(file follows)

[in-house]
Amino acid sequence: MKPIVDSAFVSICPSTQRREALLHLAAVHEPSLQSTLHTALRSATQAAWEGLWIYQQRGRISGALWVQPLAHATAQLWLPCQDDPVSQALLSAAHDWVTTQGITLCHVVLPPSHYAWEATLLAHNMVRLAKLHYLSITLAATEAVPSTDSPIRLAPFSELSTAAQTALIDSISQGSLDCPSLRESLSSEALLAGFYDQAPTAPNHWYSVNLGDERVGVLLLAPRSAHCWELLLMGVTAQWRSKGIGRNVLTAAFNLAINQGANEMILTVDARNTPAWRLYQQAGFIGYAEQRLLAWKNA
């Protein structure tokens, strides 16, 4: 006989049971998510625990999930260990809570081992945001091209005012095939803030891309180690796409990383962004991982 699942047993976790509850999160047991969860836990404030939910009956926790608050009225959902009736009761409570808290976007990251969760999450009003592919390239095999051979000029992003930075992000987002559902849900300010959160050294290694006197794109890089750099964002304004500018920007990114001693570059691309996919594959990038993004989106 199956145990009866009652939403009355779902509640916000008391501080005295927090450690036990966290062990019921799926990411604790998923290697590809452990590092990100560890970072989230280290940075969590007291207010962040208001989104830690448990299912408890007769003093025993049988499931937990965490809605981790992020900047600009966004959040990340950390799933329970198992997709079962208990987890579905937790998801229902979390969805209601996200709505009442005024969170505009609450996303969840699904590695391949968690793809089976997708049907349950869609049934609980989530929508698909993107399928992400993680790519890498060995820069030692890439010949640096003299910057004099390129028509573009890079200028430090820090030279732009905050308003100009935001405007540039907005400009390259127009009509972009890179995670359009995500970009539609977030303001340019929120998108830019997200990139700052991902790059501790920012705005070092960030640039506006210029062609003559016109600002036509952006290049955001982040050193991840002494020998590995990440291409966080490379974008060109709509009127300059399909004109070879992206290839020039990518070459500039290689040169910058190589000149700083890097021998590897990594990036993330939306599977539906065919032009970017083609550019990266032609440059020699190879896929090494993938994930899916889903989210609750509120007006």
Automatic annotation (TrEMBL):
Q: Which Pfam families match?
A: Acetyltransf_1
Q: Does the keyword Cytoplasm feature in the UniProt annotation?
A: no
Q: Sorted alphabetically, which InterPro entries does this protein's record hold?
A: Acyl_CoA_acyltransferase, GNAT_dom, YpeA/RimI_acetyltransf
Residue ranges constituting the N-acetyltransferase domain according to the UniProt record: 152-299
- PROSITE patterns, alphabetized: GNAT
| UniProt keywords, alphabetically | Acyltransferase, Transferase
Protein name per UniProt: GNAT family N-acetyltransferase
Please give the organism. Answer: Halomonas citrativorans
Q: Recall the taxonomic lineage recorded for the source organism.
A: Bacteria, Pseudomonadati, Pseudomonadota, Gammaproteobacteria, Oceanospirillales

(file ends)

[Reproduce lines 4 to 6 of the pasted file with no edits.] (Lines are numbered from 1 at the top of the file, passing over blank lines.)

Automatic annotation (TrEMBL):
Q: Which Pfam families match?
A: Acetyltransf_1